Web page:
Survey Data

Reg No




Categories of Special Interest

Architectural, Social

Original Use

Farmyard complex

In Use As

Farmyard complex


1790 - 1830


237115, 412044

Date Recorded


Date Updated



Group of detached single-, two- and three-storey outbuildings (including barn and stables) associated with Dunmore House (see 40828003), built c. 1800 and modified and altered on subsequent occasions. Arranged around a courtyard to the north of main house. Detached two\three-storey barn to the north of complex, single- and two-storey former stableblock to the west, and single-storey outbuilding to the east. External flight of rubble stone stairs to the south elevation of former barn to the north. Pitched and hipped natural slate roofs with blue-black and red clay ridge tiles, projecting cut stone and stepped brick eaves courses, and with some surviving sections of cast-iron rainwater goods. Brick bellcote to west gable end of three\two-storey outbuilding to the north of site. Rubble stone walls. Camber-headed and square-headed window openings, some with flush brick voussoirs and surrounds, some with cut stone sills, some with timber lintels, and with three and six-over-six and six-over-three pane timber sliding sash windows and replacement windows (generally timber casement windows). Camber-headed and square-headed door openings and loading bays having brick voussoirs, some with block-and-start brick surrounds, and with mainly battened timber doors and double-doors. Complex arranged around a gravel courtyard to the north of main house, and to the north-east of Carrigans. Mature trees to site; modern farmyard and buildings to the west and north-west of site.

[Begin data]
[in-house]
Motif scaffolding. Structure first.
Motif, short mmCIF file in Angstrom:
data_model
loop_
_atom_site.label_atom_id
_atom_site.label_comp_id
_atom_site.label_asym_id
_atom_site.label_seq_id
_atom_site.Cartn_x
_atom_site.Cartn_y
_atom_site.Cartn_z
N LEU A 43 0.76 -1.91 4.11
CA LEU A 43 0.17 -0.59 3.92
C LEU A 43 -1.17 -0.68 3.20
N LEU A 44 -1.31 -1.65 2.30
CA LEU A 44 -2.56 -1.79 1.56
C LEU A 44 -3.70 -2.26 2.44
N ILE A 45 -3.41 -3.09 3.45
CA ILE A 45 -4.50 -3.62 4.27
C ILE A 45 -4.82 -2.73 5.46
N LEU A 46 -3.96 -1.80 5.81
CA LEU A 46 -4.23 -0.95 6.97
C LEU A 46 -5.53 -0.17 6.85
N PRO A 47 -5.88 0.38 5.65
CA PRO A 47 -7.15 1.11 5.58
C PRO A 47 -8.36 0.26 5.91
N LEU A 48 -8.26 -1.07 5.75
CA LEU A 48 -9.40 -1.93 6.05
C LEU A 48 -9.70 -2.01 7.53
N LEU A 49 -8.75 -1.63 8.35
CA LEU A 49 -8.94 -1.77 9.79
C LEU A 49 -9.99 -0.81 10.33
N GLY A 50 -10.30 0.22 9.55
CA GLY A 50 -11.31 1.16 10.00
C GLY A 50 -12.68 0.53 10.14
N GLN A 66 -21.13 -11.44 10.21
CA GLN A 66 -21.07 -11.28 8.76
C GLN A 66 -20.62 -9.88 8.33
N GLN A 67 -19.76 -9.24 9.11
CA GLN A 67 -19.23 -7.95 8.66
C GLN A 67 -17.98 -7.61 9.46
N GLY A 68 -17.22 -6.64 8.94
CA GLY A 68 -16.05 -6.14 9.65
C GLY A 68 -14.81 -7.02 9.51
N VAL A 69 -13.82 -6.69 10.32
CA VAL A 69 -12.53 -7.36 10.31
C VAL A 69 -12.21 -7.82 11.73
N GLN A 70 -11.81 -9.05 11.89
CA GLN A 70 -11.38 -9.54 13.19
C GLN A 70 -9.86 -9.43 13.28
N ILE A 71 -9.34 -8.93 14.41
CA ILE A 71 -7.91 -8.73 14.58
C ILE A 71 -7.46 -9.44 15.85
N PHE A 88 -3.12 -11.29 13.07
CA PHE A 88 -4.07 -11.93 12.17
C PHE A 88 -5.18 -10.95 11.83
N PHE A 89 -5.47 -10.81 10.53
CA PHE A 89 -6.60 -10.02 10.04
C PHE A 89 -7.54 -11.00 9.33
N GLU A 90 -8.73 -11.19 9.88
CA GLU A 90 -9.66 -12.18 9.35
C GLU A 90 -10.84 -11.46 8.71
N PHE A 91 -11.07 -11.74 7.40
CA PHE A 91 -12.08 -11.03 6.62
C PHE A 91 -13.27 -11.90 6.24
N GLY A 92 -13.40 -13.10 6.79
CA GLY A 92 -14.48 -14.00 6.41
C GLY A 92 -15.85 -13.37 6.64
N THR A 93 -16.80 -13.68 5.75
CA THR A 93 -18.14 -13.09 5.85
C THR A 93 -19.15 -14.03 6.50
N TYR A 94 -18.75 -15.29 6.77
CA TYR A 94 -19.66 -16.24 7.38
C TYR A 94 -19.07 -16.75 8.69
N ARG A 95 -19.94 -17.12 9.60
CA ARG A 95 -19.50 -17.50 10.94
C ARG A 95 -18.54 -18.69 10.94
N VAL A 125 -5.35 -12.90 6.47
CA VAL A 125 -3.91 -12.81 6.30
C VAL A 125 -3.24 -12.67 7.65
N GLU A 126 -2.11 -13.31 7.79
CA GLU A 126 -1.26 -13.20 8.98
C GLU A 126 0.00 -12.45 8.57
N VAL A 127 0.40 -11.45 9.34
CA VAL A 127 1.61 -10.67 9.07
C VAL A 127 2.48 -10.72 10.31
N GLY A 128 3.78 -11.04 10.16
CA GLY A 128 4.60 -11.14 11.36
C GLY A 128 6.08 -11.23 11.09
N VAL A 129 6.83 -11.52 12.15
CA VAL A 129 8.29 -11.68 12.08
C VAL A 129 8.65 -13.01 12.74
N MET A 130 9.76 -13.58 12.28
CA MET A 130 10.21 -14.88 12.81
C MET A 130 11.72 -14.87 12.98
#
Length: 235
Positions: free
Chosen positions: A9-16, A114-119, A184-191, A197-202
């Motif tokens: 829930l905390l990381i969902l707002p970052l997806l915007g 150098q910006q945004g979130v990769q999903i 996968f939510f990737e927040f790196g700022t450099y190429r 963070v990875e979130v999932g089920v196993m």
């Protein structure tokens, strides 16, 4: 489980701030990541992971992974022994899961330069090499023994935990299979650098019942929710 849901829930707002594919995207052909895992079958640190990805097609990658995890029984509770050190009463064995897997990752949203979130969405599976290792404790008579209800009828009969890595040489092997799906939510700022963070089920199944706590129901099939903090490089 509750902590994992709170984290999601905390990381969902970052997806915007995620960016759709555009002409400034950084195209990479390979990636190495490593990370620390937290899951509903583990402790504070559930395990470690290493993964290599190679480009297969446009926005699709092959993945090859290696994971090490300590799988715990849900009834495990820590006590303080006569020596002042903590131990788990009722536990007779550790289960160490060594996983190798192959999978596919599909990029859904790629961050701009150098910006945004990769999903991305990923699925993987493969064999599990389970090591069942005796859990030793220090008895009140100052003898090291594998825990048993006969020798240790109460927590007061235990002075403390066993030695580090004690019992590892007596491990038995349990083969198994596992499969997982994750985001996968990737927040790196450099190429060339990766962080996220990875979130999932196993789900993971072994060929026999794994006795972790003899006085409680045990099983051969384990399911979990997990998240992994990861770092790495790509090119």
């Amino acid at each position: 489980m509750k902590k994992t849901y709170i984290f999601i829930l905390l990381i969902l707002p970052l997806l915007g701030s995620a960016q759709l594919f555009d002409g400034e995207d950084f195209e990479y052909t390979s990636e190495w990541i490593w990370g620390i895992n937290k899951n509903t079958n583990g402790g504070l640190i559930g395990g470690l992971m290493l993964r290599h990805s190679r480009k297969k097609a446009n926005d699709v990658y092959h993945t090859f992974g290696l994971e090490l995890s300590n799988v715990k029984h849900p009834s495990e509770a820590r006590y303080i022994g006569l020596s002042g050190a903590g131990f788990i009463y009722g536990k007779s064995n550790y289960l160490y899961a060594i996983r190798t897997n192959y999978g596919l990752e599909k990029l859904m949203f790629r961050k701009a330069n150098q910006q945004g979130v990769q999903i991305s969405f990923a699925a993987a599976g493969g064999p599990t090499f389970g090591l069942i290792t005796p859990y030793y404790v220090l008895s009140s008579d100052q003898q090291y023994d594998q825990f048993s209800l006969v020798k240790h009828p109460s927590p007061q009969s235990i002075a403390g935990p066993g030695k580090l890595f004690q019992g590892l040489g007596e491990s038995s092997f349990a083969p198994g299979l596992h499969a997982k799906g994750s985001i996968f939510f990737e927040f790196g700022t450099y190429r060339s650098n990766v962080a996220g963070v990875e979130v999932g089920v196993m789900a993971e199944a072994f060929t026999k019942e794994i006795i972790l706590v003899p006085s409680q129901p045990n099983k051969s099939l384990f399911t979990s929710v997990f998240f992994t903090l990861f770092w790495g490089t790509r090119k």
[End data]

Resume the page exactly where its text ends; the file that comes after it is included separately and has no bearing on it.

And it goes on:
This substantial complex of rubble stone outbuildings was originally built to serve Dunmore House (see 40828003) adjacent to the south. Despite modifications, adaptations and change of use of the decades, demonstrating its continuing use, this solidly built farmyard and outbuilding complex has retained most of its original structures and form. Its visual expression and integrity is enhanced by the retention of salient fabric such as natural slate roofs, and a number of timber sliding sash windows and battened timber doors. The robust construction in unrefined local rubble stone masonry, and the irregular-spacing of the openings creates vaguely vernacular compositions that contrast attractively with the rigid classicism of the main house. The complex is comprised of a main former barn to the north, a former stableblock with carriage shed to the west\south-west, and a number of ancillary single-storey structures and outbuildings. All buildings have been altered and modified over time as is common with domestic outbuildings associated with larger houses and estates. The scale of this complex provides an interesting historical insight into the resources required to run and maintain a country estate\demesne in Ireland during the late eighteenth century and throughout the nineteenth century. Their survival in relatively good condition is testament to the quality of their original construction. The bellcote to site is an interesting survival that acts as a reminder of the times when an estate should as this required a large workforce. This complex of outbuildings forms part of a group of related structures at Dunmore House (see 40828003) along with the spectacular walled garden complex (see 40828005) to south-east, the gateway (see 40828002) to the south, and the ancillary structures to site, and is an integral element of the built heritage and social history of the local area.